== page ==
When the March 2020 crash happened, many investors preached about a “V-Shaped Recovery”. When we were at the bottom, I thought they were just trying to sell the public a pipe dream. For how ugly the market had looked for about two weeks, I was sold there would be another leg down, especially with no businesses open. Nonetheless, I was quite wrong. 15 months later and the market overall is higher than before the crash. Most businesses have been able to now look past the pandemic, or have found a way to use it to their benefit. Cruise line stocks have not seen this complete recovery though. They have grinded higher over the 15 months, but still have substantial room.
This post from December 12th shows an excel analysis of stocks that hadn’t covered their drop but would benefit from the vaccine. In this analysis we discovered the cruise line sector was the most opportunistic, at the time they were missing on average 50.23% from year highs. Norwegian Cruise Line Holdings ($NCLH) was the best individual stock as it still needed 55.67% to close its 88.24% drop.
Where The Cruise Lines Are At
Seeming that air travel is more of a necessity than cruises, airlines have erased losses a little more. Although, cruise lines have recently begun to rise. In the past month Royal Caribbean ($RCL) is up 11.6%, currently sitting at $94.07. $NCLH is at $32.12 and is up 12.78% this month, with Carnival Cruise Lines not too far behind at $30.54, up 14% this month.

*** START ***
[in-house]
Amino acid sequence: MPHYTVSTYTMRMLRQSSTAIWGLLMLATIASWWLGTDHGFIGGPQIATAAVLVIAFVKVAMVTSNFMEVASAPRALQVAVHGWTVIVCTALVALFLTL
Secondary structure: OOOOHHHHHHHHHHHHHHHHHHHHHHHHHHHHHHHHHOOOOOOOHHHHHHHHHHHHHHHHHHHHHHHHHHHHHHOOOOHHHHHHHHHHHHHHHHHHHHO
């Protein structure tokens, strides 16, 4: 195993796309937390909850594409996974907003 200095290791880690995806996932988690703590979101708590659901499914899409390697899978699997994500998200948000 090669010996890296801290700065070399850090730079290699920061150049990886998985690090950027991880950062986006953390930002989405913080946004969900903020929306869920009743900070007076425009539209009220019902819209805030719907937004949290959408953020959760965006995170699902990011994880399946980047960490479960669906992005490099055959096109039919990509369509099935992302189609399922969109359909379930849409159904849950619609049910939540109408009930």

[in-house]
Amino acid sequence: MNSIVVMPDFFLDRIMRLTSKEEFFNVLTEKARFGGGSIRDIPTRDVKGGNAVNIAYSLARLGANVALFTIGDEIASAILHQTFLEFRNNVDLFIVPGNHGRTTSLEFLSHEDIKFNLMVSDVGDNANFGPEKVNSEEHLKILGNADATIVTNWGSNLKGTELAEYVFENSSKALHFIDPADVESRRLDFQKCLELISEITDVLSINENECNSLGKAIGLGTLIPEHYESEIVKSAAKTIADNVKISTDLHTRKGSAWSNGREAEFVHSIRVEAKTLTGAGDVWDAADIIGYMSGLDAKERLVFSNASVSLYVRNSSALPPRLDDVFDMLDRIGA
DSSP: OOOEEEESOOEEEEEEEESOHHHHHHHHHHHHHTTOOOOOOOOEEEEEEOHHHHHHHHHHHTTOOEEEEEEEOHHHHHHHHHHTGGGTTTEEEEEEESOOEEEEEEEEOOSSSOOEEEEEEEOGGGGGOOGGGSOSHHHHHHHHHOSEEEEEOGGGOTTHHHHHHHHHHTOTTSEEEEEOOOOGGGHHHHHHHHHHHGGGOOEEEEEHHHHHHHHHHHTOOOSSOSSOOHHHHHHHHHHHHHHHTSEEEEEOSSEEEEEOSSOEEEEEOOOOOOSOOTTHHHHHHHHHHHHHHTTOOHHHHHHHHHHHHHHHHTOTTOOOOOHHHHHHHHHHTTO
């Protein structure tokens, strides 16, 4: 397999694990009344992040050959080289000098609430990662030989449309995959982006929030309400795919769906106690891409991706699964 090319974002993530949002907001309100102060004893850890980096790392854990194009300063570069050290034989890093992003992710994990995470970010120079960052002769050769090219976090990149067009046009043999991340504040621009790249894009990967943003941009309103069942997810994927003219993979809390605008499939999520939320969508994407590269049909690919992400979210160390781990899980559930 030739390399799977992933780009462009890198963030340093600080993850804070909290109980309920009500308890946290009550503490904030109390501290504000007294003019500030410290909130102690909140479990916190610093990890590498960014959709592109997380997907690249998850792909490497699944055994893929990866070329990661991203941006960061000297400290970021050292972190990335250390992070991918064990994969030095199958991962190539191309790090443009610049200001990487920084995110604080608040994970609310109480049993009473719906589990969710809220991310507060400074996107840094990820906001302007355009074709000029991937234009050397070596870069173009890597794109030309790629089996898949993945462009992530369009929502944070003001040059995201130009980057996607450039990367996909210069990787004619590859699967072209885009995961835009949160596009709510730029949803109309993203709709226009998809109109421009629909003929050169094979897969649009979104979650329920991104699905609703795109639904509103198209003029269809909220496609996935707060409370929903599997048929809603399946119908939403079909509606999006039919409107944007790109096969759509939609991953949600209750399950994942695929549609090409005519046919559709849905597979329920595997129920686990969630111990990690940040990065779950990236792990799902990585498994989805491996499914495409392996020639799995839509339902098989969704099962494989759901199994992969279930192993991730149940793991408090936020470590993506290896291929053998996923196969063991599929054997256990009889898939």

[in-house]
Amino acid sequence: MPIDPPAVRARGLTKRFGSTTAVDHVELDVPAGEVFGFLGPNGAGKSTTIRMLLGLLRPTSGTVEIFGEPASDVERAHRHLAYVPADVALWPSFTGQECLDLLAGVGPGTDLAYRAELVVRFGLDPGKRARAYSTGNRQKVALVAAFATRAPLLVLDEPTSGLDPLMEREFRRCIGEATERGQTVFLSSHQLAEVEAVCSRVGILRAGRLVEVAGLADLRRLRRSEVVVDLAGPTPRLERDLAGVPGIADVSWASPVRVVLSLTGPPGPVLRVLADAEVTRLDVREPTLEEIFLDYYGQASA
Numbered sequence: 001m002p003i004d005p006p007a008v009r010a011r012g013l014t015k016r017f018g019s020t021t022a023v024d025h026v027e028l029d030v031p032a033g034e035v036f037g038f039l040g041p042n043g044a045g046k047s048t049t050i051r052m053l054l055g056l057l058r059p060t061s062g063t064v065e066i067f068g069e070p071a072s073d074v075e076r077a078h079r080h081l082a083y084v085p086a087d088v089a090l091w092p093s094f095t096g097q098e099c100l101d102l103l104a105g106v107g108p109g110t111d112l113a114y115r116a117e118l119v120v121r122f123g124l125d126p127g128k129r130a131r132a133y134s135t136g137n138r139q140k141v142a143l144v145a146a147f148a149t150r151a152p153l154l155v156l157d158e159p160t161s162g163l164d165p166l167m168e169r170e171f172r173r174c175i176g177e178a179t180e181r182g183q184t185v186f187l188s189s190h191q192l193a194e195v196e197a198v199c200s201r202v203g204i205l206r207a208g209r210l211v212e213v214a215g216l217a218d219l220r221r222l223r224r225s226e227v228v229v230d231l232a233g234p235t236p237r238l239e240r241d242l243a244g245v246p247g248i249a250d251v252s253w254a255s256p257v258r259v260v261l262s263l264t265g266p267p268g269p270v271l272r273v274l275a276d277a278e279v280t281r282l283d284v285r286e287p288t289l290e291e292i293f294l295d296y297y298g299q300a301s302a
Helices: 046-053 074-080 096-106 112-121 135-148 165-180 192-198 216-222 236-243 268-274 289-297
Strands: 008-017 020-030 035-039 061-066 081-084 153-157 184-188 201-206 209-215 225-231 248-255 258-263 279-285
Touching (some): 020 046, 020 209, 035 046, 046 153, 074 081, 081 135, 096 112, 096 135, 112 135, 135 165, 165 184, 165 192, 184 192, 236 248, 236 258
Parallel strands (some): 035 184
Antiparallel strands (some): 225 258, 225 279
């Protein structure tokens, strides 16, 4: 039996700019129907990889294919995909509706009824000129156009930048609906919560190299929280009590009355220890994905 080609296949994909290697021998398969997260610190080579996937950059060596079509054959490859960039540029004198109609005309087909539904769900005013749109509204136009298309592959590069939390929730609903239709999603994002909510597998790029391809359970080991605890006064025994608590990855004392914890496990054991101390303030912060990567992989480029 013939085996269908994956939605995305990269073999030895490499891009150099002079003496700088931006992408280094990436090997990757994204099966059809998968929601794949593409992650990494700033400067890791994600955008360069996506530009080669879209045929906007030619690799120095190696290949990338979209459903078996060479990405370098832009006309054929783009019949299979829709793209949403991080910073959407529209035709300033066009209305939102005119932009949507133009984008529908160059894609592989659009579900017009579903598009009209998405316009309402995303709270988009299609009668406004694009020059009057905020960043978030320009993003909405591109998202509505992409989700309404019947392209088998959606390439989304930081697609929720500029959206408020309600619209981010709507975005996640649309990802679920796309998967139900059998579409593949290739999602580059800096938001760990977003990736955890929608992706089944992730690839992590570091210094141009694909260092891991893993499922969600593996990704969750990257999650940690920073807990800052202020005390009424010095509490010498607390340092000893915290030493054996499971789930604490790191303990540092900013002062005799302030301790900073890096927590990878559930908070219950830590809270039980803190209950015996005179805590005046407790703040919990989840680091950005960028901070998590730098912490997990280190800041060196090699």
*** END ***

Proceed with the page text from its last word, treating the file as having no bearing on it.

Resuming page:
If you were lucky enough to buy all three of these right after the blog post on December 12th, you would be up on average 35%! Having this confidence of proven recovery with room to go still makes each cruise line a buy. The vaccine has lowered worries around Covid-19. Even though cruises can be a hot spot for a virus, most are planned to resume globally sometime in mid-summer.
Recovery = Good Quarters
The recovery is not complete yet, and it is certainly not too late. According to USA Today, people have been booking cruises 6+ months in advance, just waiting for restrictions to be lifted. Plenty of cruises have been burning cash trying to stay alive during this pandemic. When the revenue starts coming the quarterly reports will be incredibly improved.
Sometimes the market can be what I like to call automated. If a company can beat earnings expectations one quarter, the stock price has a little surge. But how is this expectation formed for the most part? By performance over the past few quarters, fundamentals are not tied into the expectation enough. Analysts won’t factor in enough how much consumers will react to the resumption of cruises and they will continue to look at the burned cash. All the cruise line stocks will have low expectations, and when there’s a big beat, things can get rocking!